While Urban Meyer was coach of the Ohio State football team, a staffer used a photo of Trayvon Martin to amplify a team rule that players couldn’t wear hoodies in the football building, The Columbus Dispatch confirmed Tuesday.
Martin, a Black teen from Florida, was 17 when he was fatally shot by George Zimmerman in 2012.
The news of the Martin picture surfaced in recent tweets from former Ohio State defensive back Marcus Williamson, who said he retired from football before the Buckeyes’ Rose Bowl game on Saturday. Williamson levied several stinging allegations toward the program, some that were denied by former players and some supported. Many of his tweets referenced coaches, specifically Meyer.
Williamson tweeted: “My first team meeting. (True story 2017) This photo was presented to us via PowerPoint to institute our building wide rule of “no hoods” in the building.”
Meyer, who left Ohio State after the 2018 Rose Bowl and was fired as Jacksonville Jaguars coach last month, on Sunday told journalist Jeff Snook the photo incident “never happened.”
However, on Tuesday afternoon, Meyer told The Dispatch that he had been unaware the Martin photo had appeared during a freshman orientation meeting outlining program rules until he learned of it from a former player that same day.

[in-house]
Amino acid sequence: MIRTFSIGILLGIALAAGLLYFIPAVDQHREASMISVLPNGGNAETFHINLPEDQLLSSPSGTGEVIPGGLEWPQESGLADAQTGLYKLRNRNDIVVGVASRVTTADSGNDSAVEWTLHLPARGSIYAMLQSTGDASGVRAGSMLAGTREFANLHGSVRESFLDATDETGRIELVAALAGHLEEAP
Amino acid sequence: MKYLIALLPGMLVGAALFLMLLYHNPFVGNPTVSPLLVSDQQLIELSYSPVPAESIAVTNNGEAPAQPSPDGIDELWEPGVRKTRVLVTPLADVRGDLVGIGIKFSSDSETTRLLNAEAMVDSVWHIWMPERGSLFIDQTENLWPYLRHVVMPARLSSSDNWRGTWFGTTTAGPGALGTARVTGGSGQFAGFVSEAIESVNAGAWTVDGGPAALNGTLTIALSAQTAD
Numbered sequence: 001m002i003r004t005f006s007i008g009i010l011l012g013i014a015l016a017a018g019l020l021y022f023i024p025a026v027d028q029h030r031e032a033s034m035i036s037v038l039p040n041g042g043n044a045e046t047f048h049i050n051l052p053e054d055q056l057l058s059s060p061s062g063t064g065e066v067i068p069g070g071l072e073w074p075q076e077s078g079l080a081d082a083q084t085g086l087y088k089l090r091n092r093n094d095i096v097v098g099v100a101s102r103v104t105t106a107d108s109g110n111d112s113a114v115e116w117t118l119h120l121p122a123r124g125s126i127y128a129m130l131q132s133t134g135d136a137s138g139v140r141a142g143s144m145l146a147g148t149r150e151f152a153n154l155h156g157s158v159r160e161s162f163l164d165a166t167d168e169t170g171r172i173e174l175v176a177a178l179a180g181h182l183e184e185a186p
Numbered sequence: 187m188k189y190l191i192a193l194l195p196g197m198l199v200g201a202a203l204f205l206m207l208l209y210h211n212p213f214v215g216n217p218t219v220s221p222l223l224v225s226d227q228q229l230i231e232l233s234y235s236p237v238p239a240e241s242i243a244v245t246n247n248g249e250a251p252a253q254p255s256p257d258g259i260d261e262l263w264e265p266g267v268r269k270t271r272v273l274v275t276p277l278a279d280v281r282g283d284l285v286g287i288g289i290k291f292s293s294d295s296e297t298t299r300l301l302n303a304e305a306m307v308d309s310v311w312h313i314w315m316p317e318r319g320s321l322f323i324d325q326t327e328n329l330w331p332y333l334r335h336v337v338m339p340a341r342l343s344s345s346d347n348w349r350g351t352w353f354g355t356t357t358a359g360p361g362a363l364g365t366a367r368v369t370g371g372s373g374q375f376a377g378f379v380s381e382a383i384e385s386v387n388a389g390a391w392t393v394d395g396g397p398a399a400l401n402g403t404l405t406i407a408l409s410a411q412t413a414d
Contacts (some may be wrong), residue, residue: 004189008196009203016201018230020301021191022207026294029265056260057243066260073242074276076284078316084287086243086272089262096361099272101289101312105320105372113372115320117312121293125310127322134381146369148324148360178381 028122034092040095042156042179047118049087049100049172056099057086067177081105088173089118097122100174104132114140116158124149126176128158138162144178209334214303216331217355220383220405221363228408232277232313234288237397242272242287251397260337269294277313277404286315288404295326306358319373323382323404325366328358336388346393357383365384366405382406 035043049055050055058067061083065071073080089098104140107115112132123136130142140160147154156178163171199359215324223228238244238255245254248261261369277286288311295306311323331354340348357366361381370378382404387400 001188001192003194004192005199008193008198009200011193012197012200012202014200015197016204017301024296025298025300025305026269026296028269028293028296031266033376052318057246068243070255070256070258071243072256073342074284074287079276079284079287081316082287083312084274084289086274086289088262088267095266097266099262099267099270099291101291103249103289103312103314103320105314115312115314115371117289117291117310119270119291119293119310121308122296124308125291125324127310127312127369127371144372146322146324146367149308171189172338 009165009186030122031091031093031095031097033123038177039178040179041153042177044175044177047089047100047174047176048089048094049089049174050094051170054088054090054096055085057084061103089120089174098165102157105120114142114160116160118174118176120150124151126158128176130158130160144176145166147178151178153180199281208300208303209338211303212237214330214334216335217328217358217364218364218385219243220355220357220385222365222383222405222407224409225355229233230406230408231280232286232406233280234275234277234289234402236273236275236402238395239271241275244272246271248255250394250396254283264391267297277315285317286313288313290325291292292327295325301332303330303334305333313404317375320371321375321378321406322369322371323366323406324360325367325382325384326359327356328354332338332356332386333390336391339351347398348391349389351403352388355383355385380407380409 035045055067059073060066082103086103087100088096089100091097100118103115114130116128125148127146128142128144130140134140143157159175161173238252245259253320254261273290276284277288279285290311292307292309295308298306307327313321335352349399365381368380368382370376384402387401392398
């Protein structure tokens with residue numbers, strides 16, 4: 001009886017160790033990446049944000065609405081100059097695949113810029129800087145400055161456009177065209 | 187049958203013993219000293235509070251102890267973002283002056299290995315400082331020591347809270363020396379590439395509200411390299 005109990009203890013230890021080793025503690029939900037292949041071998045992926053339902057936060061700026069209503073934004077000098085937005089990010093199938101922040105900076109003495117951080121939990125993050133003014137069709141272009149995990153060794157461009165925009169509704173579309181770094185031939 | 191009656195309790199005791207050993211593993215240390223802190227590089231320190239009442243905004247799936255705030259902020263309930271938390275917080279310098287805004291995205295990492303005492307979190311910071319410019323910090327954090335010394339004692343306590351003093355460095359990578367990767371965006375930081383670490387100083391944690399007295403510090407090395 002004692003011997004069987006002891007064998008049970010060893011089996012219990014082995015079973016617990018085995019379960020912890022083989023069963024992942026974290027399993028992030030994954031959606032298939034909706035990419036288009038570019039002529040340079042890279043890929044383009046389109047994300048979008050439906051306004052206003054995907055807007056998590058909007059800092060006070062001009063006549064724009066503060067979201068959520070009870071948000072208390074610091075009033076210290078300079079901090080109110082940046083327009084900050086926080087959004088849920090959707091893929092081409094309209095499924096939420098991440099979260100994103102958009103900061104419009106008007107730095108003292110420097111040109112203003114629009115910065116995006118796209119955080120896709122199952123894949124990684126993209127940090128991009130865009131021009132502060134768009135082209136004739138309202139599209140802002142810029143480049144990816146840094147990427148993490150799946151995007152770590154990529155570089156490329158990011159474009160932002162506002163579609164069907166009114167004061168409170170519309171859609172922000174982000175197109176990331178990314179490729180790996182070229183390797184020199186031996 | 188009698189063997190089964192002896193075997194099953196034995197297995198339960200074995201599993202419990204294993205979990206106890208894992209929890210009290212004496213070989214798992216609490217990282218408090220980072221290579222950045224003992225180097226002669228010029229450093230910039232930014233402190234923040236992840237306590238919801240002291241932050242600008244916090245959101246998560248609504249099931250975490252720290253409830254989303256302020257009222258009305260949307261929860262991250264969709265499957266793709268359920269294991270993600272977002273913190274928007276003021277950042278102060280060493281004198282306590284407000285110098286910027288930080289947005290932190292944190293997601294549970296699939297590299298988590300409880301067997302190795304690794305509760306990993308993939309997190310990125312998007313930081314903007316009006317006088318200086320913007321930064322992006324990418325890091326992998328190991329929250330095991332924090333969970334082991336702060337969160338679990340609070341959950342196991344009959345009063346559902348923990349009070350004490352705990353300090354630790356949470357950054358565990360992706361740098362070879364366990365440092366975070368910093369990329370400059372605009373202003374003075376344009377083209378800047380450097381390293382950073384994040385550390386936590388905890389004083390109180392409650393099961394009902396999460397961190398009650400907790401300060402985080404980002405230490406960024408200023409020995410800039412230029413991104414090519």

“I didn’t know about it until one hour ago, until after talking to (former Buckeyes safety Tyvis Powell),” Meyer told The Dispatch. “I wasn’t there (in the meeting). None of the coaches were present. It was a support staffer who was in error and apologized.”
Meyer said people should think twice about using the word racism, calling it the “R-word.”
“My biggest thing is you use that R-word (racism) and it doesn’t matter if it’s true or not, people run with it,” Meyer said.
The Dispatch contacted Powell, the player who spoke to Meyer about the photo.
“People think it’s racist to show that photo of Trayvon Martin, and I understand where they’re coming from,” Powell said. “To the Black culture, that is huge. There will be an uproar whenever that is brought up in a meeting or whatever context. Automatically, it is offensive to people.”
Powell, who played under Meyer from 2012-15, said the incident was unfortunate, adding, “They automatically assume Coach Meyer was racist. From my own experience, I can say nothing racial or racist was ever going on during my time.”
Former Ohio State quarterback Cardale Jones defended Meyer and the program, tweeting:
“Man, where do I start about Williamson comments about the OSU football program. Trying to paint the program & it’s leaders out to be racist is mind blowing! I can’t speak on his experience but I’m sure a LARGE number of players who played at OSU would disagree with his comments.”
Man, where do I start about Williamson comments about the OSU football program. Trying to paint the program & it’s leaders out to be racist is mind blowing! I can’t speak on his experience but I’m sure a LARGE number of players who played at OSU would disagree with his comments.
— Cardale Jones (@CJ1two) January 2, 2022